M&R Session 6 (Lecture 6.2) Flashcards Preview

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Flashcards in M&R Session 6 (Lecture 6.2) Deck (14):

What is the difference between phagocytosis, pinocytosis and endocytosis?

1) Internalisation of particulate matter

2) Invagination of the plasma membrane to form a vesicle
3) Permits uptake of extracellular solutes

4) Selective internalisation of molecules into the cell by binding to specific cell surface receptors


What do LDLs comprise of?

A core of esterified cholesterol esters
Covered by a phospholipid and cholesterol monlayer
Containing apoprotein B


What are triskelions?

Coat stuctures made up of hexagons and pentagons

Hexagonal and pentagonal structures formed from clathrin triskelions

Triskelions comprise 3 clatrin heavy chains and 3 light chains


How is a clathrin coat formed and uncoated?

1) Clathrin coated pits form spontaneously
2) Uncoated by an ATP-dependent uncoating protein


What are two potential mechanisms of hypercholesterolaemia for the LDL R and clathrin coat?


Non functional receptor with normal coated pits


No internalisation
LDL Rs distrubted over whole cell surface
Deletion of C-terminal cytoplasmic domain prevents interaction with the clathrin coat


How is acidification acheived and what is its effects in the LDL R + ligand vesicle?

Proton pump using ATP translocates H+ into the vesicle lowering the pH.

This causes the ligand to dissociate from the receptor in the endosome. The ligand (LDL) is directed to the lysosome and the receptor is recycled.


What is another name for the endosome?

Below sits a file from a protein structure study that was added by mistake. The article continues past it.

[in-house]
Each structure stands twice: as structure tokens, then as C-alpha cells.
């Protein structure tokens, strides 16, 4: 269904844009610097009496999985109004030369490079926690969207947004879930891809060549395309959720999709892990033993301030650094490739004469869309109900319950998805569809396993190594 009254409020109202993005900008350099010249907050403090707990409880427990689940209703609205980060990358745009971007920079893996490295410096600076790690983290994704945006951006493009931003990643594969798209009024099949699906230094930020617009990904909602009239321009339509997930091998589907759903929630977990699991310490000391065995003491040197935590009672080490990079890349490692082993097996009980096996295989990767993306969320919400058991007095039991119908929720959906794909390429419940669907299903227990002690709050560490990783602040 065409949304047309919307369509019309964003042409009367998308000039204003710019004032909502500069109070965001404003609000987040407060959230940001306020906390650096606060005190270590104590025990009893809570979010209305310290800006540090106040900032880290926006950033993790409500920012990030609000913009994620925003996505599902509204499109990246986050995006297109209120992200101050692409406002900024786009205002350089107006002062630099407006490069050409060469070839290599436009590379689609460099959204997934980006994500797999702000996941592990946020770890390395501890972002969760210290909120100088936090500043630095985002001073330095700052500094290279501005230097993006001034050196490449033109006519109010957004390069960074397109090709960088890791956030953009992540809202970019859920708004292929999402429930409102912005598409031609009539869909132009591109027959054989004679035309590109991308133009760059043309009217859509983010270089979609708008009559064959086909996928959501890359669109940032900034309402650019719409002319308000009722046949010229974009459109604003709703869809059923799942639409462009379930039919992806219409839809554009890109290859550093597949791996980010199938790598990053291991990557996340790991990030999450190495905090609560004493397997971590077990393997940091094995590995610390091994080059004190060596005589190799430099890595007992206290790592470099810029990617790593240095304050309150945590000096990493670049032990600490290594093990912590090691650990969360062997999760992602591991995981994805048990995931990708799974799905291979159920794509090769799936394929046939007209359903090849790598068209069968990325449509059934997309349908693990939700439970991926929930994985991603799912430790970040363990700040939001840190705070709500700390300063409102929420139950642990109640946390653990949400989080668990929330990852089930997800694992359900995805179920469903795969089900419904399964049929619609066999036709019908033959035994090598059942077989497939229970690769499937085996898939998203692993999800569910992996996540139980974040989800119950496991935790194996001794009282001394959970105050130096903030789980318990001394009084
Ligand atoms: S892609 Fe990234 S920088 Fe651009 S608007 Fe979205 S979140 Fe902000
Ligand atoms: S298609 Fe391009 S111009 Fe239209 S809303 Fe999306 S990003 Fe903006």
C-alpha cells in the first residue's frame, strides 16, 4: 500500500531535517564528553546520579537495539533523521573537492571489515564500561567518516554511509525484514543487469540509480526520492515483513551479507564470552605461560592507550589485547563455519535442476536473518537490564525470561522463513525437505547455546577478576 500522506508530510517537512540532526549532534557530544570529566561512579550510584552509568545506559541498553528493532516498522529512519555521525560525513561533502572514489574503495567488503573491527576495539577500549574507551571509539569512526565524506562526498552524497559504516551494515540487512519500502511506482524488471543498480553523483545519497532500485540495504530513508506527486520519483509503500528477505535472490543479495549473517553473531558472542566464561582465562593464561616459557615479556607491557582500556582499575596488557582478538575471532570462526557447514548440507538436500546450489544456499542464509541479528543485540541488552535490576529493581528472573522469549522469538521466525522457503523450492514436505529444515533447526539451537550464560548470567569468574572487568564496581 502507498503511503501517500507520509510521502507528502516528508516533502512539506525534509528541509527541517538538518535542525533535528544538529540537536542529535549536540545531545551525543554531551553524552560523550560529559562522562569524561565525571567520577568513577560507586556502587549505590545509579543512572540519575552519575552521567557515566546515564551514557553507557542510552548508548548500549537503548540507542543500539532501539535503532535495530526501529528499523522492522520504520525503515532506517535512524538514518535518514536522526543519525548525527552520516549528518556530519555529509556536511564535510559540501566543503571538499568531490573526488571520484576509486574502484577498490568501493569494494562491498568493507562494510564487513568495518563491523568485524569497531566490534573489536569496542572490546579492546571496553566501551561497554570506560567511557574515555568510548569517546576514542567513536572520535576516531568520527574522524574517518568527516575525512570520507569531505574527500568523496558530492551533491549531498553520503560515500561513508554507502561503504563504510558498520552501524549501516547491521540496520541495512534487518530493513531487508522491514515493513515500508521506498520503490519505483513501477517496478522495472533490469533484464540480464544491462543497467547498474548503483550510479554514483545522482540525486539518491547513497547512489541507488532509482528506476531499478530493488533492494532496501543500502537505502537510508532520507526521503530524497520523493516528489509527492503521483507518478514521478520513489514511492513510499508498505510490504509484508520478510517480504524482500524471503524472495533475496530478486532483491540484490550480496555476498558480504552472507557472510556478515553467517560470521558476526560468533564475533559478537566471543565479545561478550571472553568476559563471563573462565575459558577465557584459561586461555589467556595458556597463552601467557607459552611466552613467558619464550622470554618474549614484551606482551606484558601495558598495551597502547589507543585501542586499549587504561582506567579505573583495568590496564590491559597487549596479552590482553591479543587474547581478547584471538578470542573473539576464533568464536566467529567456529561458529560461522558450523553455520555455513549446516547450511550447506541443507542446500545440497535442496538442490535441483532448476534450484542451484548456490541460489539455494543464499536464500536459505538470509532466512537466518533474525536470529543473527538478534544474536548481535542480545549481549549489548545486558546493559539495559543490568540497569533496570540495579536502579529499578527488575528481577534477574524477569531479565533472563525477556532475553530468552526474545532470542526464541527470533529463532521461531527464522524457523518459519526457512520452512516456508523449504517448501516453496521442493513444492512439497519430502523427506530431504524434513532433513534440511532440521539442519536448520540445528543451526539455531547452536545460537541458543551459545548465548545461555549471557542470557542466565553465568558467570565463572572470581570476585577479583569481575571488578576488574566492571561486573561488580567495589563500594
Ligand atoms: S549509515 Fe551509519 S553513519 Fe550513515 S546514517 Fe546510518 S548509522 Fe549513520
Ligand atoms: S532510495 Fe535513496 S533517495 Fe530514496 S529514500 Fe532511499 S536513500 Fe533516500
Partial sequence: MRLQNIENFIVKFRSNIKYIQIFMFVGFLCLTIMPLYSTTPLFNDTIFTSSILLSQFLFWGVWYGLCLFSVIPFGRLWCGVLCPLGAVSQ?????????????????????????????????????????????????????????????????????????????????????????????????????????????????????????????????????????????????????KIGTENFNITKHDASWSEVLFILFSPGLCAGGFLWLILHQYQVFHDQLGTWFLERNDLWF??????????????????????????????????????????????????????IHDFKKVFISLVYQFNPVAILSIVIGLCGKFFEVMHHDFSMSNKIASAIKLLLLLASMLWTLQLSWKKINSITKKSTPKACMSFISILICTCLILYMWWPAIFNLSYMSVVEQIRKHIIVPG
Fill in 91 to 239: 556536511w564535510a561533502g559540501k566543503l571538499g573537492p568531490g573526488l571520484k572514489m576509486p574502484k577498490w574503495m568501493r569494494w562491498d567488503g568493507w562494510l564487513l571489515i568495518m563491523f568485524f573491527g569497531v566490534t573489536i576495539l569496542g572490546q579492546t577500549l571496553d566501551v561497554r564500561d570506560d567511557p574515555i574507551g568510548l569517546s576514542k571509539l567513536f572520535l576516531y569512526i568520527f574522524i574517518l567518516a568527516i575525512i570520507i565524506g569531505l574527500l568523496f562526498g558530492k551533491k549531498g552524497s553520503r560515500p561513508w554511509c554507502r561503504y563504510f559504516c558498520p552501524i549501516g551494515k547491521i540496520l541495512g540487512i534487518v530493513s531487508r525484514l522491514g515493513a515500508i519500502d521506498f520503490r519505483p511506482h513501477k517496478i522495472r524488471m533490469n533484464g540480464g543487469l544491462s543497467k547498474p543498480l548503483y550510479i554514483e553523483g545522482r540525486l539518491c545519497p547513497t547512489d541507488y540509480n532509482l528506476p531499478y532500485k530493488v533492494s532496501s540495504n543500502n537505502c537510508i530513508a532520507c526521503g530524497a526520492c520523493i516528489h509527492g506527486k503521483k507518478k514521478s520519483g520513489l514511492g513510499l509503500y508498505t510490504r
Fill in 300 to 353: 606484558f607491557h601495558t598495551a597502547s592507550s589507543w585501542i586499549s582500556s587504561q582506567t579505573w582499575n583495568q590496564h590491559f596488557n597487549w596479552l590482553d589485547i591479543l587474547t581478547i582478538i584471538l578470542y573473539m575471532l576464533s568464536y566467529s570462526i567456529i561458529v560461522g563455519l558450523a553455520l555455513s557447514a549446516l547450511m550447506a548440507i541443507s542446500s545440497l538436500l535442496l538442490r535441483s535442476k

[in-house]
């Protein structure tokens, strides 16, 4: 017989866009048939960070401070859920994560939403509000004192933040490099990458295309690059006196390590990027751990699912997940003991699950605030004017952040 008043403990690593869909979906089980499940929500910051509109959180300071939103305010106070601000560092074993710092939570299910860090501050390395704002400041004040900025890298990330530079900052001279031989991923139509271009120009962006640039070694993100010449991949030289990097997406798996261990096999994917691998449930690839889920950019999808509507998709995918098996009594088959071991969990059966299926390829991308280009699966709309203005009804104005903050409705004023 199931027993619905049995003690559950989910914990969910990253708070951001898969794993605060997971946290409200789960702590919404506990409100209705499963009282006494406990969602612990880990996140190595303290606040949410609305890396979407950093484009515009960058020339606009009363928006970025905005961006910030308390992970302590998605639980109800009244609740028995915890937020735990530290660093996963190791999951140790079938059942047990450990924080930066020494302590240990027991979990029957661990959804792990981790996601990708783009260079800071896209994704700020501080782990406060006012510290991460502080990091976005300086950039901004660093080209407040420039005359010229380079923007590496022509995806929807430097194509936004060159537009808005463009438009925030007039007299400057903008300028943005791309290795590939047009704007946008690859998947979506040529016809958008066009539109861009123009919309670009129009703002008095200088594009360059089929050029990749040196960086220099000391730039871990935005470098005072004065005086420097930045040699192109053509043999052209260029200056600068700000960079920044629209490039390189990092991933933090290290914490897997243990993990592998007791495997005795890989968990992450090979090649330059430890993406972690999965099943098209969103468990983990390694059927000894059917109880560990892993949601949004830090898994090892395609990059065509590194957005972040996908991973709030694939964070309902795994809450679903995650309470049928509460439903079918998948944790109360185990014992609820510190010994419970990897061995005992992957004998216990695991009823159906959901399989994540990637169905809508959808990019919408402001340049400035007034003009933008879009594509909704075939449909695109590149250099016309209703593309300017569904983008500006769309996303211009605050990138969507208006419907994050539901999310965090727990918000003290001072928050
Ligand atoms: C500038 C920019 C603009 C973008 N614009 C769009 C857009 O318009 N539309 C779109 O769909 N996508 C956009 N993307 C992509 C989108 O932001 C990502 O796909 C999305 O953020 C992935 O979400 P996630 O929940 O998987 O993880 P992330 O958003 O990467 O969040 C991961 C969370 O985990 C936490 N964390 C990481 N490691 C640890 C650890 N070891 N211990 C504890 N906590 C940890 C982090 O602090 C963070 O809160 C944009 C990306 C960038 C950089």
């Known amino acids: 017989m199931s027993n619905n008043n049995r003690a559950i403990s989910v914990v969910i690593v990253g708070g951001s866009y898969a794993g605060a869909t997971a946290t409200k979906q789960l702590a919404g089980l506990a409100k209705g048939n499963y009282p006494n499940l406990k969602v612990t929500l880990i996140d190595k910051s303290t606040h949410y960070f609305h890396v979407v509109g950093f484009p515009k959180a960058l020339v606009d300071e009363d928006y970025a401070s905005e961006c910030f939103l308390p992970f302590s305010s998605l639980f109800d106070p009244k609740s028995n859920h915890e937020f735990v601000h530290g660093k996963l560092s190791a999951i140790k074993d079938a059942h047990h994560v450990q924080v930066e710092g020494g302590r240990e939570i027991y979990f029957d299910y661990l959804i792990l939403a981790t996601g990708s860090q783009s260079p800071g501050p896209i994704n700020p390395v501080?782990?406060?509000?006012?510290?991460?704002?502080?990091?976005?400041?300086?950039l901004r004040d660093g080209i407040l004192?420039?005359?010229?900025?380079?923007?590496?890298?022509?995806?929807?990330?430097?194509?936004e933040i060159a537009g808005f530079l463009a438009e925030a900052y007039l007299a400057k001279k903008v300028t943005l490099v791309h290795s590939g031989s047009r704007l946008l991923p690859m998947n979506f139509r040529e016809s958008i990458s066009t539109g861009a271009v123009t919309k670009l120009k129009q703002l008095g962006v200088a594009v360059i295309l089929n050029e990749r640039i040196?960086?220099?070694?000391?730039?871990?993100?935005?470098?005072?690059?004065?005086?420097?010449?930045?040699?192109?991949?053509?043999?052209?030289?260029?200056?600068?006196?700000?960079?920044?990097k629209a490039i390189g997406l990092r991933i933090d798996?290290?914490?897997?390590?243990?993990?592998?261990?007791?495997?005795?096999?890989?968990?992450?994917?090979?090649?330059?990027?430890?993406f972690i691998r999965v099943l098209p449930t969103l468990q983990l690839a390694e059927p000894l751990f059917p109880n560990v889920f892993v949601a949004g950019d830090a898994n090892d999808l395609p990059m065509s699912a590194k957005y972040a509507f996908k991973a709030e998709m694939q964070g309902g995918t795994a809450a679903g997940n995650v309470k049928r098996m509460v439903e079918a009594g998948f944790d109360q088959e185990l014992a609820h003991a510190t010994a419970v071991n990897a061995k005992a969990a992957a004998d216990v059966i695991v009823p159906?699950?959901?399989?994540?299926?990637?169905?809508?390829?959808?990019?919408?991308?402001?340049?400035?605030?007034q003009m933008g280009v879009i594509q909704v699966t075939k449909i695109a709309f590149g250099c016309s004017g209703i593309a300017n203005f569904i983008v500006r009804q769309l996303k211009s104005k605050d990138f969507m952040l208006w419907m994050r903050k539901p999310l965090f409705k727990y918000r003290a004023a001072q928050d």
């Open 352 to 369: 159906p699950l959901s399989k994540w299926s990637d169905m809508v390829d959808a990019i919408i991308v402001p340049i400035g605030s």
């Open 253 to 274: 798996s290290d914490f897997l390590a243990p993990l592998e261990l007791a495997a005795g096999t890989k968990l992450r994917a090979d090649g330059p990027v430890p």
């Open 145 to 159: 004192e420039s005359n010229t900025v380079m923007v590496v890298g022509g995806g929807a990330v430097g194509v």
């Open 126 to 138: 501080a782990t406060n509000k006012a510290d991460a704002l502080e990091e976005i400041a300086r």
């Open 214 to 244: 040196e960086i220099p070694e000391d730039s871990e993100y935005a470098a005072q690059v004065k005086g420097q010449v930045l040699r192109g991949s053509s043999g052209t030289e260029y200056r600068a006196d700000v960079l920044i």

Compartment of Uncoupling of Receptor and Ligand


What is the endocytosis of LDL R + LDL ?

Ligand degraded
Receptor recycled


What is the endocytosis of transferrin + transferrin R?

Ligand recycled
Receptor recycled


What is the endocytosis of insulin R + insulin?

Ligand degraded
Receptor degraded (desensitises the cell)


What is the endocytosis of Igs + IgRs?

Ligand transported
Receptor transported


How can the RME pathway be tricked? Describe the process.

Can be used by membrane-enveloped viruses.

1) Binding to cells by fortuitous association with cell receptors.
2) Entering cells via clathrin-coated pits
3) Unfolding hydrophobic domains in membrane fusion proteins in response to the acidic pH of the endosome
4) Inserting membrane fusion proteins into the endosome membrane leading to membrane fusion and to release gRNA into cytoplasm
5) Using host cell machinery to replicate RNA and capsid proteins to bud new viruses at the cell membrane.


Give two examples of toxins that use the RME pathway. What do they bind to?

Cholera and Diptheria toxin bind to GM1 gangliosides.


What are the two other coat proteins along with clathrin? What do they do?

Clathrin - pm coated pits
COP II - Golgi apparatus